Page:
Nice SEMs

DWhatley

Kraken
Staff member
Moderator
Joined
Sep 4, 2006
Messages
20,773
Reaction score
1,880
Location
Gainesville, GA
Kat, do you know the magnification levels on the radula and suckers? Seeing the "plunger" effect more or less as a functional sequence is neat. Any more "how it works" pictures?
 
Joined
Sep 16, 2005
Messages
4,936
Reaction score
255
Location
Pittsburgh, PA
D,

In the pictures there is a measurement bar in microns. A micron is 1000th of a millimeter. Does this help? In the top left picture of the radula, the bar is 200 microns - that is about the width of three of the middle teeth, so the width of three of the middle teeth would be 0.2 millimeters. On the bottom left image of the hooks, the width is 1 millimeter, so the total length of that hook would be about 1.5 millimeters.
 

DWhatley

Kraken
Staff member
Moderator
Joined
Sep 4, 2006
Messages
20,773
Reaction score
1,880
Location
Gainesville, GA
A little after I enlarged the photos to read them but I am afraid I don't get the spacial feel for how many times reality I am looking at when somthing is stated that way. If the bar in the key is 200 x .001 or .2 mm I can look at a tape and guestimate 1/5 th of a mm but that does not help me visuallize the magnification level - just did not do bio in college (night classes meant astromomy even though I wanted to take biology) and have not even toyed with a microscope since I was a kid.
 
Joined
Sep 16, 2005
Messages
4,936
Reaction score
255
Location
Pittsburgh, PA
In the first photo of the radula, it says 1600x magnified, but that is not taking into account the size of the image that you are viewing. If you enlarge the photos, then you are magnifying it even further. Are you confused yet?
 

DWhatley

Kraken
Staff member
Moderator
Joined
Sep 4, 2006
Messages
20,773
Reaction score
1,880
Location
Gainesville, GA
It does help a lot with spacial imagery to know the magnification. I can't tell the actual size of what I am looking at but I can get prospective. If you magnify your thumb 1600 X's you can see finer details so it is the amount of detail with relation to normal viewing that knowing the magnification level helps intuitively understand.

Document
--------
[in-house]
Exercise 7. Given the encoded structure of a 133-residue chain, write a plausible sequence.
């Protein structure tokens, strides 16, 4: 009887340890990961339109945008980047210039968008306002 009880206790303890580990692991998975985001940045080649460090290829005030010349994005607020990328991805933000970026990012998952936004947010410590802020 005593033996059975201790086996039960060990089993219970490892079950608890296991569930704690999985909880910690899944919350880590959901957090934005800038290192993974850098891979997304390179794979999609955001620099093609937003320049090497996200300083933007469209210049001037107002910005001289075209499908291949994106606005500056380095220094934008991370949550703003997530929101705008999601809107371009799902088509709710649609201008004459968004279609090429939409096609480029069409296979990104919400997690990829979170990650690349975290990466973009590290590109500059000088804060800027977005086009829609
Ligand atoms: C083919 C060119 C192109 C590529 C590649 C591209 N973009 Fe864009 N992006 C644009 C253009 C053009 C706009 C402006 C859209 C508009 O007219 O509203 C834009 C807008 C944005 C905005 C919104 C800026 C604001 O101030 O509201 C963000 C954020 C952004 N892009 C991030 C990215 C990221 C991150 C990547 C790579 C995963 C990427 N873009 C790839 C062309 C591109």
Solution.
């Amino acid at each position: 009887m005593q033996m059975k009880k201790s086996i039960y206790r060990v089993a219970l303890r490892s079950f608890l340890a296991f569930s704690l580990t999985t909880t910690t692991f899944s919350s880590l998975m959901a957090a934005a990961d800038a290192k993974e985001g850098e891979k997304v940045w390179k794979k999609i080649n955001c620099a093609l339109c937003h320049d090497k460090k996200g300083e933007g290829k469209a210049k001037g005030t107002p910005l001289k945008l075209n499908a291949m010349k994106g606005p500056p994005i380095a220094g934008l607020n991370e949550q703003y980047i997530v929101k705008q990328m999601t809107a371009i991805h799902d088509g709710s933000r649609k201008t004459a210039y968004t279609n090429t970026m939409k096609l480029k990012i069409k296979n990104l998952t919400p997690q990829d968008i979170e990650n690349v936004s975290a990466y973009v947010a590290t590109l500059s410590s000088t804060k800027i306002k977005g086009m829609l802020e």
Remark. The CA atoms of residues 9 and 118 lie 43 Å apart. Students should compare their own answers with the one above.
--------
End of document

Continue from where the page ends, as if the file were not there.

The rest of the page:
Hey, I still prefer an analog clock because I can see how late I am :roll: because it displays a picture of an hour's worth of time and the relationship of the current time and when I was supposed to be somewhere. :old:
 

Tintenfisch

Architeuthis
Staff member
Moderator
Joined
Nov 19, 2002
Messages
2,102
Reaction score
203
cuttlegirl;136281 said:
Yeah, it is hard to stop breathing while mounting specimens for SEM...
Yeah... don't breathe, don't sneeze (almost as difficult for me as not breathing for most people :roll:), don't drop it onto the sticky surface upside down, don't squeeze too hard otherwise you get tweezer-marks, don't let your hands shake... actually it's a wonder I got any of these pics at all. :roll:

Here are some more. These are tentacle clubs of paralarval onychoteuthids. Sorry that some have mags on them and some don't - I usually don't include them in the legend because journals don't want them, due to image resizing changing the mag. Scale bars are much preferred even if they make visualization a little harder for some.
 

Attachments

Tintenfisch

Architeuthis
Staff member
Moderator
Joined
Nov 19, 2002
Messages
2,102
Reaction score
203
And here are some 'how it works' photos, kind of.

1 - a normal adult arm sucker in Onychoteuthis
2 - a tentacular sucker in the middle of developing into a hook, in paralarval Onychoteuthis
3 - the 'back' (interior/aboral side) of an exposed paralarval tentacular sucker ring - the smooth rounded part in the foreground would normally be set into the sucker musculature
4 - a tentacular sucker in the middle of developing into a hook, in paralarval Onykia
 

Attachments

Members online

Latest Posts

Forum statistics

Threads
20,425
Messages
205,195
Members
8,472
Latest member
sumit

Monty Awards

TONMOCON IV (2011): Terri
TONMOCON V (2013): Jean
TONMOCON VI (2015): Taollan
TONMOCON VII (2018): ekocak

Top